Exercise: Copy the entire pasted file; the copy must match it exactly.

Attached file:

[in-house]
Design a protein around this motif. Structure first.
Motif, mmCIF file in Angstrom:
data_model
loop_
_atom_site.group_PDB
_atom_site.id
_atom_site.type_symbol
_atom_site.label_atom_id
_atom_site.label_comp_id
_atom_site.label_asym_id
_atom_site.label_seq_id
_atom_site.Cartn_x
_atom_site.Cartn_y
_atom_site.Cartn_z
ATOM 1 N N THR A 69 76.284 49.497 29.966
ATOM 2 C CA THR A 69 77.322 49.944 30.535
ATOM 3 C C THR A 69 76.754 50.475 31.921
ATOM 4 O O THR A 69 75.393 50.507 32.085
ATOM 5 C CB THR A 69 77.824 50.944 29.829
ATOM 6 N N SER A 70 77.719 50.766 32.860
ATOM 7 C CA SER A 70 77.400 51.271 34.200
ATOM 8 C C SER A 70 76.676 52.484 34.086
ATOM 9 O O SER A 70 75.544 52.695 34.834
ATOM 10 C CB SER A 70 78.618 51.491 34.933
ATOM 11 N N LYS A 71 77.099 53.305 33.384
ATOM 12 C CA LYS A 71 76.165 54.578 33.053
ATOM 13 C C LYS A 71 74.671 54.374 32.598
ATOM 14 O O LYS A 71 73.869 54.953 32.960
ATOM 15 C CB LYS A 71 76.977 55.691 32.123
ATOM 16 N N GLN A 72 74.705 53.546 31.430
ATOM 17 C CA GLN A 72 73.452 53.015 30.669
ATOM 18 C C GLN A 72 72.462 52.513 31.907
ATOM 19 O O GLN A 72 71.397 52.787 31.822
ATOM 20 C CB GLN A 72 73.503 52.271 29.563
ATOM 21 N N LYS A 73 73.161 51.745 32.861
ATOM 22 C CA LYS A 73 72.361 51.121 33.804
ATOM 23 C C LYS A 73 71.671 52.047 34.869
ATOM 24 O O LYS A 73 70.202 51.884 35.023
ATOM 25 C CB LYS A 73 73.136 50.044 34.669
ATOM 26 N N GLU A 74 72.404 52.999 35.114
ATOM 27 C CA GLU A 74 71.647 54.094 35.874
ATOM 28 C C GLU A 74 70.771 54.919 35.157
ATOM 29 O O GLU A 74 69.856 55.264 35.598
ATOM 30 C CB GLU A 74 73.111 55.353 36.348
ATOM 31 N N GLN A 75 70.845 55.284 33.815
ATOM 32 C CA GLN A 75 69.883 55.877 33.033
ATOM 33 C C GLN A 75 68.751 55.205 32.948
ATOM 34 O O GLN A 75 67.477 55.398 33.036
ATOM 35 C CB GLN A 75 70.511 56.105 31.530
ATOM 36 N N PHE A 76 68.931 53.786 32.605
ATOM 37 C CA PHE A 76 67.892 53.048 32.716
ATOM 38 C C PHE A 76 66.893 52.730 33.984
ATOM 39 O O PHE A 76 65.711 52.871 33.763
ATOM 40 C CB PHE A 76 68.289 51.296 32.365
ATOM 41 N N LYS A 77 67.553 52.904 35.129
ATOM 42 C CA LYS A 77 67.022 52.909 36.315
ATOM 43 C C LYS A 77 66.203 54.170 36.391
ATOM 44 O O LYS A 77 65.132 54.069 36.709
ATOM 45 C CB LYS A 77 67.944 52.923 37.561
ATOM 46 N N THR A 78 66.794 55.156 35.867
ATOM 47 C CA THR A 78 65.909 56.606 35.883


[in-house]
Design a protein around this motif. Structure first.
Motif, mmCIF file in Angstrom:
data_model
loop_
_atom_site.group_PDB
_atom_site.id
_atom_site.type_symbol
_atom_site.label_atom_id
_atom_site.label_comp_id
_atom_site.label_asym_id
_atom_site.label_seq_id
_atom_site.Cartn_x
_atom_site.Cartn_y
_atom_site.Cartn_z
ATOM 1 N N THR A 69 76.284 49.497 29.966
ATOM 2 C CA THR A 69 77.322 49.944 30.535
ATOM 3 C C THR A 69 76.754 50.475 31.921
ATOM 4 O O THR A 69 75.393 50.507 32.085
ATOM 5 C CB THR A 69 77.824 50.944 29.829
ATOM 6 N N SER A 70 77.719 50.766 32.860
ATOM 7 C CA SER A 70 77.400 51.271 34.200
ATOM 8 C C SER A 70 76.676 52.484 34.086
ATOM 9 O O SER A 70 75.544 52.695 34.834
ATOM 10 C CB SER A 70 78.618 51.491 34.933
ATOM 11 N N LYS A 71 77.099 53.305 33.384
ATOM 12 C CA LYS A 71 76.165 54.578 33.053
ATOM 13 C C LYS A 71 74.671 54.374 32.598
ATOM 14 O O LYS A 71 73.869 54.953 32.960
ATOM 15 C CB LYS A 71 76.977 55.691 32.123
ATOM 16 N N GLN A 72 74.705 53.546 31.430
ATOM 17 C CA GLN A 72 73.452 53.015 30.669
ATOM 18 C C GLN A 72 72.462 52.513 31.907
ATOM 19 O O GLN A 72 71.397 52.787 31.822
ATOM 20 C CB GLN A 72 73.503 52.271 29.563
ATOM 21 N N LYS A 73 73.161 51.745 32.861
ATOM 22 C CA LYS A 73 72.361 51.121 33.804
ATOM 23 C C LYS A 73 71.671 52.047 34.869
ATOM 24 O O LYS A 73 70.202 51.884 35.023
ATOM 25 C CB LYS A 73 73.136 50.044 34.669
ATOM 26 N N GLU A 74 72.404 52.999 35.114
ATOM 27 C CA GLU A 74 71.647 54.094 35.874
ATOM 28 C C GLU A 74 70.771 54.919 35.157
ATOM 29 O O GLU A 74 69.856 55.264 35.598
ATOM 30 C CB GLU A 74 73.111 55.353 36.348
ATOM 31 N N GLN A 75 70.845 55.284 33.815
ATOM 32 C CA GLN A 75 69.883 55.877 33.033
ATOM 33 C C GLN A 75 68.751 55.205 32.948
ATOM 34 O O GLN A 75 67.477 55.398 33.036
ATOM 35 C CB GLN A 75 70.511 56.105 31.530
ATOM 36 N N PHE A 76 68.931 53.786 32.605
ATOM 37 C CA PHE A 76 67.892 53.048 32.716
ATOM 38 C C PHE A 76 66.893 52.730 33.984
ATOM 39 O O PHE A 76 65.711 52.871 33.763
ATOM 40 C CB PHE A 76 68.289 51.296 32.365
ATOM 41 N N LYS A 77 67.553 52.904 35.129
ATOM 42 C CA LYS A 77 67.022 52.909 36.315
ATOM 43 C C LYS A 77 66.203 54.170 36.391
ATOM 44 O O LYS A 77 65.132 54.069 36.709
ATOM 45 C CB LYS A 77 67.944 52.923 37.561
ATOM 46 N N THR A 78 66.794 55.156 35.867
ATOM 47 C CA THR A 78 65.909 56.606 35.883